Line managers still tend to be the “gatekeepers” for absence recording in most organisations, latest research has argued.
The study of the use of triggers in managing absence carried out by XpertHR, Occupational Health’s sister resource, polled 237 employers and found that just 44% set collective targets for absence levels – yet eight organisations out of 10 also believe having them in place has been successful in managing absence.
Public-sector organisations were the most likely to set targets (69%), compared with private-sector-services companies (30%) and the manufacturing and production sector (61%).
Absence triggers used in attendance management procedures were more likely to result in employers beginning a dialogue with employees than resorting to punitive actions, such as disciplinary procedures or even dismissal.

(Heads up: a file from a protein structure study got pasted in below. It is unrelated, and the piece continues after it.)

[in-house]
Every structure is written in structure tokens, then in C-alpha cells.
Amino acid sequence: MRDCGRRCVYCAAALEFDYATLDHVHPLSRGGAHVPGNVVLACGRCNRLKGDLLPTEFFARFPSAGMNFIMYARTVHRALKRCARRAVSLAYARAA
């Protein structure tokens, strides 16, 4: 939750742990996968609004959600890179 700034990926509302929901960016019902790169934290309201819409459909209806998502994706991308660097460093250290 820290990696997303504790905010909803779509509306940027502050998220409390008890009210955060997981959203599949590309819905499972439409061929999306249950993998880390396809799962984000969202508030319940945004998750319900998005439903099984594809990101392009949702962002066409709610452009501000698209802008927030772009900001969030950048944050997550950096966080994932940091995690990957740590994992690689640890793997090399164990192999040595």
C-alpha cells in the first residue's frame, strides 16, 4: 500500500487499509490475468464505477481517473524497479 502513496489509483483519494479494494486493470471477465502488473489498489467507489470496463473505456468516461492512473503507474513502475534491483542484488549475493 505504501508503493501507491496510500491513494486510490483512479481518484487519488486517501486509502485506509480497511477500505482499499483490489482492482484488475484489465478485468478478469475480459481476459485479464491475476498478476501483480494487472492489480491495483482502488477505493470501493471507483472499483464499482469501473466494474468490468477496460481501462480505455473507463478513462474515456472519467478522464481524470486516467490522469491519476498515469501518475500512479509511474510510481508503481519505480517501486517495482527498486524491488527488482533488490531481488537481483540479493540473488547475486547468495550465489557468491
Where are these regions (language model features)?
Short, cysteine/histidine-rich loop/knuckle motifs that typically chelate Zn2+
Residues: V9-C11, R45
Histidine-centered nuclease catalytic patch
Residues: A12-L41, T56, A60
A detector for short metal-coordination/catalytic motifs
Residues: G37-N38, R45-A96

Eight employers out of 10 polled used absence triggers as part of their attendance management system, and only one in 10 did not believe their organisation used the triggers effectively.
Triggers were most likely to be based on the number of absences taken by an employee (used by 75%), with exactly one in five using the Bradford formula.
Smaller organisations were the least likely to use absence triggers, with two-thirds (66%) of employers with fewer than 250 employees using them, far fewer than those with between 250 and 999 employees (88%) or those employing 1,000 or more (also 88%).
Most of the HR respondents in organisations that used triggers believed they were using them effectively. One in four believed triggers had been “very successful” in helping the organisation manage absence. A further 65% said they had been “fairly successful”.
The research also cited the example of a large local council with 6,000 employees that had introduced revised trigger points in April 2010, at which point the average total days lost through sickness absence was 11.6 days. The following year this had reduced to 7.4 days.
However, 7% of the respondents to the poll said triggers have no impact and 3% believe they had been “fairly unsuccessful”.